Let’s address challenges in multilateral organisations

Dr Abdul-Jalilu Ateku, a lecturer at the Department of Political Science, University of Ghana, has called for concerted efforts towards addressing challenges in multilateral institutions.

He noted that issues of mistrust tended to undermine the implementation of certain policies and agreements initiated by multilateral organisations and said until they were addressed the Organisations could not function effectively.

Multilateral organisations are formed by three or more countries with common interest of global priority.

These organisations may fund various projects using funds from multiple governments.

Examples include multilateral development banks or international financial institutions whose objective is to promote economic and social development in specific countries or regions.

Dr Ateku, speaking to GNA on the sidelines of a public lecture at the Ghana Academy of Arts and Sciences in Accra, said nations could not work in insolation hence the need for multilateral cooperation.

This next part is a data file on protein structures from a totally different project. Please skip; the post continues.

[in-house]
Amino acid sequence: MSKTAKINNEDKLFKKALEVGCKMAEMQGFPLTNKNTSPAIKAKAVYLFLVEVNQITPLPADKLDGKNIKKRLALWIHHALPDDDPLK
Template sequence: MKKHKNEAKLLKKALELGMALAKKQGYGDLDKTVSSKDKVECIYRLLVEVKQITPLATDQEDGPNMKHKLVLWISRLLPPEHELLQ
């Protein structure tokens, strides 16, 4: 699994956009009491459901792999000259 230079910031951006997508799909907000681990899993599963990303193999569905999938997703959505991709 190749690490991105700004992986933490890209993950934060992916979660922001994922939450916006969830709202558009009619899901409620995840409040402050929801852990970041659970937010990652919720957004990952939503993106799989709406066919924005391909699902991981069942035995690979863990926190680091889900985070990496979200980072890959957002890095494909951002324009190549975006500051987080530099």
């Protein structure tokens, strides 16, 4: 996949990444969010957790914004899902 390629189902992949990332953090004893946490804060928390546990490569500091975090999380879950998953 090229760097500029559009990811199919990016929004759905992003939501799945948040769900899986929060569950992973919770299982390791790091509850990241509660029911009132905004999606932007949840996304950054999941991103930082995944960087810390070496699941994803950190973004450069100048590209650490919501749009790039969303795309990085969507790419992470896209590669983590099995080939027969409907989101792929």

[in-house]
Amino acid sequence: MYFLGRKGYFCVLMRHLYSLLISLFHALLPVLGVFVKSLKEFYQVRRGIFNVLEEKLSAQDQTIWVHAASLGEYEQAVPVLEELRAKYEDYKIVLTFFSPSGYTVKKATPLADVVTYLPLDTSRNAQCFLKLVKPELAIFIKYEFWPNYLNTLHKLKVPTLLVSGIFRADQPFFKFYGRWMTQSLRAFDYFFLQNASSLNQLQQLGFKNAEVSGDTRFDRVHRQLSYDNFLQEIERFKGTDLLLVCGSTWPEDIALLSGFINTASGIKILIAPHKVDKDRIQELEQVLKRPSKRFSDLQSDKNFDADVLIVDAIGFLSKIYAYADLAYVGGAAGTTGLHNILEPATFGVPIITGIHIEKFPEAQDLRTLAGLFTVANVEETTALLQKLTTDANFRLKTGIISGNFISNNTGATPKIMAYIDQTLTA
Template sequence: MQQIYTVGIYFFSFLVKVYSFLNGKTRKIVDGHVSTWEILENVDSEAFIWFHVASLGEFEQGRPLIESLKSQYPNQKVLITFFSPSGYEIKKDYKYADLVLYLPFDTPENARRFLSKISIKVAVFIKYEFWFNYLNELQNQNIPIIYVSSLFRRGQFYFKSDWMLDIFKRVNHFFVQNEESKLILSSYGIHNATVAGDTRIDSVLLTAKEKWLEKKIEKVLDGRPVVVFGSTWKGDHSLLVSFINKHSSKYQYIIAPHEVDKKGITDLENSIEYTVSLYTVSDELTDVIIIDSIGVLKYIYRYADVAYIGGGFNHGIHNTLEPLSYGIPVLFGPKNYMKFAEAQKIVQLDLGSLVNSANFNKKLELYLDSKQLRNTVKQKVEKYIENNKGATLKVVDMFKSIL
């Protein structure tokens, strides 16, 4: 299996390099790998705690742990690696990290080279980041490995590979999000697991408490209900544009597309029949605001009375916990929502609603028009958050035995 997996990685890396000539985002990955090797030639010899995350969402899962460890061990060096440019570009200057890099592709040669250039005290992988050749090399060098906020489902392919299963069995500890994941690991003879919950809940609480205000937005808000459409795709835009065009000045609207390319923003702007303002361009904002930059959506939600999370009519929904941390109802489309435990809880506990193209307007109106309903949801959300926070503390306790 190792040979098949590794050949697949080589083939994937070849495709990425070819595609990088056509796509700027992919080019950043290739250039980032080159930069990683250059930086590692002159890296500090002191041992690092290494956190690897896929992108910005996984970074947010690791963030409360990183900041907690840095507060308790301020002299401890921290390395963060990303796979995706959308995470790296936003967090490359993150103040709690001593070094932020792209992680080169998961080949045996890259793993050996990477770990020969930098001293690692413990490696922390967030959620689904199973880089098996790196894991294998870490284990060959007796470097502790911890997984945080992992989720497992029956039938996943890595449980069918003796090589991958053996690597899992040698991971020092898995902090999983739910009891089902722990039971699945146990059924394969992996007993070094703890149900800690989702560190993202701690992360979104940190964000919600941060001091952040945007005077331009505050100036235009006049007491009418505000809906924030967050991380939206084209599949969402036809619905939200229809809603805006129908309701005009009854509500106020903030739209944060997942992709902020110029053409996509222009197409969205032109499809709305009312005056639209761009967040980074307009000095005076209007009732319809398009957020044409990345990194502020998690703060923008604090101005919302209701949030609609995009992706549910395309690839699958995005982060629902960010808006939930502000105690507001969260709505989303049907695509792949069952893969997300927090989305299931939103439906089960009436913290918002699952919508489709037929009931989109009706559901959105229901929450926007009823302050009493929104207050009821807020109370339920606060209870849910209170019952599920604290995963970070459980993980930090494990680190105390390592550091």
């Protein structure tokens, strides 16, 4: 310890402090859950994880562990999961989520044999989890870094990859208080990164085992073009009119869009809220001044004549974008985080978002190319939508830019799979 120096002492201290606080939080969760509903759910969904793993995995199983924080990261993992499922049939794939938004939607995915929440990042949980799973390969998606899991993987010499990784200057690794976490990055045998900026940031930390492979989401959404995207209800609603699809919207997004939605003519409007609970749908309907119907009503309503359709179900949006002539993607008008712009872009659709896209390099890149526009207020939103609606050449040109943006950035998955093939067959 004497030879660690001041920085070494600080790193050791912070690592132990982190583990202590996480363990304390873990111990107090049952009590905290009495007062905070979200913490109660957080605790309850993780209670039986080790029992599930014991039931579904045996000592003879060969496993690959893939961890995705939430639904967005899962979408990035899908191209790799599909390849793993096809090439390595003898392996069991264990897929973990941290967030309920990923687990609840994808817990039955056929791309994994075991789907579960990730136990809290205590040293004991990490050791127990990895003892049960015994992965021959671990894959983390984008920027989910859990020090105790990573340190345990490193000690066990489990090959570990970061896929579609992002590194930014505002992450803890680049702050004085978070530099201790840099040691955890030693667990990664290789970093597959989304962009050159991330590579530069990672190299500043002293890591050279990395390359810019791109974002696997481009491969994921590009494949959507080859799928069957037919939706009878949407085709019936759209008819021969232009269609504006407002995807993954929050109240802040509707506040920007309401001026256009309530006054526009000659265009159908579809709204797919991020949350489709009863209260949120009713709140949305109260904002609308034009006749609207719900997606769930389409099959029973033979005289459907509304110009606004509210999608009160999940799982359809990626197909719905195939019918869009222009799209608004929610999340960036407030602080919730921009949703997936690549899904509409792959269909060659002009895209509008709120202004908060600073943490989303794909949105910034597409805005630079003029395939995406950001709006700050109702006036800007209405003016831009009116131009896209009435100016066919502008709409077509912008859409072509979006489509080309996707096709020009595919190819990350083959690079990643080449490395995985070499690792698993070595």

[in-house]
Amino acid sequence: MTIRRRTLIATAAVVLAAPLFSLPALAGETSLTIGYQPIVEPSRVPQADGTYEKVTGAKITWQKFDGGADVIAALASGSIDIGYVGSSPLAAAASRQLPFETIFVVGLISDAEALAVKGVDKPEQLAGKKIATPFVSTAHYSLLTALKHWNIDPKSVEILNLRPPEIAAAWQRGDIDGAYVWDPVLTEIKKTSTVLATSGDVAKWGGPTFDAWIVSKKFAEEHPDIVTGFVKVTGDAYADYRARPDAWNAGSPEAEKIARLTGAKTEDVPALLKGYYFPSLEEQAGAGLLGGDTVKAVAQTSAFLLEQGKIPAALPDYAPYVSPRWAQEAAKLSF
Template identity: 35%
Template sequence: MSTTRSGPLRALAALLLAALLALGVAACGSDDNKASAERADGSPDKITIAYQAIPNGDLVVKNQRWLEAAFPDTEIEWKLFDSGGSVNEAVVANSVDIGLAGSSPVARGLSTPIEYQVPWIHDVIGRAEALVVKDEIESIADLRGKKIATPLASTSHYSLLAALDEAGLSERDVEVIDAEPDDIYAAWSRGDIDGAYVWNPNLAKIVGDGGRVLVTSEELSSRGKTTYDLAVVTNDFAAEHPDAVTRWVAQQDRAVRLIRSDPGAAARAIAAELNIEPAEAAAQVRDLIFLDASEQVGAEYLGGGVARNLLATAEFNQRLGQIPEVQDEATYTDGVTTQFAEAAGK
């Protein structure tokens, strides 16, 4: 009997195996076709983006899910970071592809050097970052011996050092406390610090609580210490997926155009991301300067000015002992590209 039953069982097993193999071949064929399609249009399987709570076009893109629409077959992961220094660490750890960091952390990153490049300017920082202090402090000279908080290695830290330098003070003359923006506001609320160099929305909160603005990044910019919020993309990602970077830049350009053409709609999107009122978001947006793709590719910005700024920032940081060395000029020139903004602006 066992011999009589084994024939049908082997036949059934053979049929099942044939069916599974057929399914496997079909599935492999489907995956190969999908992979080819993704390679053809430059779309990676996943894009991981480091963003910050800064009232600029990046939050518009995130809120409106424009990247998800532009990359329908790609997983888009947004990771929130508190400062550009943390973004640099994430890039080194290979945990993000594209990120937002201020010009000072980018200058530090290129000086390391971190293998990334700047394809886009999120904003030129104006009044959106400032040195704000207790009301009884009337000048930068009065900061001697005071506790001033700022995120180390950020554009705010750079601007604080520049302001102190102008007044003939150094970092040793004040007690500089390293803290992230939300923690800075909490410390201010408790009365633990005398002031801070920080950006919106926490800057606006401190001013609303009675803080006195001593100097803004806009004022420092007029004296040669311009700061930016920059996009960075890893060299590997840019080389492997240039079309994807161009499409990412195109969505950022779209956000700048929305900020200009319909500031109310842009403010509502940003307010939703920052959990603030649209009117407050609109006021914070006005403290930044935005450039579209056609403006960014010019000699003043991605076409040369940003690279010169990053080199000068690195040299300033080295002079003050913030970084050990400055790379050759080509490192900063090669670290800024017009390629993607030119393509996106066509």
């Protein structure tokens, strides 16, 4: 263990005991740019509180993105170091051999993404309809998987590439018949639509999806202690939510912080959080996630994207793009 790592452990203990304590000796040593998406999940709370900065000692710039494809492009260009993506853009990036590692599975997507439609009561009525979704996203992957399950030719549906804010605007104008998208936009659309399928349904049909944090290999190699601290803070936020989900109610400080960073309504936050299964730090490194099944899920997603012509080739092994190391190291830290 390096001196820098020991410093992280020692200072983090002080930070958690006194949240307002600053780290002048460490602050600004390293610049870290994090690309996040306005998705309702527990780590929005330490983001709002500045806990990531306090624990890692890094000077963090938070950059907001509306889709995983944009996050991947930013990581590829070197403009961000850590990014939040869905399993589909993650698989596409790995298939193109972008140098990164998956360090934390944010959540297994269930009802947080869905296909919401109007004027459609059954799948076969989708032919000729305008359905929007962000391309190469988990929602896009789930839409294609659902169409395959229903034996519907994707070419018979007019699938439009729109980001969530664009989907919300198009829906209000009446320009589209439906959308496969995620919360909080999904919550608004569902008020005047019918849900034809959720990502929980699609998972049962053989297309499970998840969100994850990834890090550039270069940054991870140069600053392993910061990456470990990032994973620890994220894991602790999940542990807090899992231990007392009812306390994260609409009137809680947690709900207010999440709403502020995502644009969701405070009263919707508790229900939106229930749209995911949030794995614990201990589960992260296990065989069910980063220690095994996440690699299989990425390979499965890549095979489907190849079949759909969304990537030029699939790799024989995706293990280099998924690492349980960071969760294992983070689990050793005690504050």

He said though there
were some ‘inherent problems’, the concept of multilateral cooperation or organisation was not ‘a threat to the sovereignty of nations’ and underscored the need for stakeholders to fix challenges bedeviling the sector for Africa’s rapid growth.

The Political Scientist said this after his presentation on the subject: ‘Crisis of Multilateralism: Populism, Nationalism and the Rule based Changing International Order’.

‘There are challenges that we face globally-terrorism, pandemic, climate change. These problems transcend territorial boundaries so, individual states cannot comprehensively deal with this, therefore, cooporative efforts are very important,’ he stated.

Dr. Ateku, however, noted that due to the seeming mistrust among member states of international organisations, some states had become ‘more inward looking’ or pushing their personal interest because of the challenges of multilateral cooperation.

He, therefore, called for ‘reforms’ and urged nations to tackle factors that accounted for mistrust bet
ween multilateral institutions so that their agreements could be implemented effectively.

‘States cannot work in isolation. It is important that they work together to address the challenges of multilateral. All the issues have to be addressed so citizen can have confidence in activities of these institutions. There should be reforms so that their activities can address the needs of citizens,’ he said.

Source: Ghana News Agency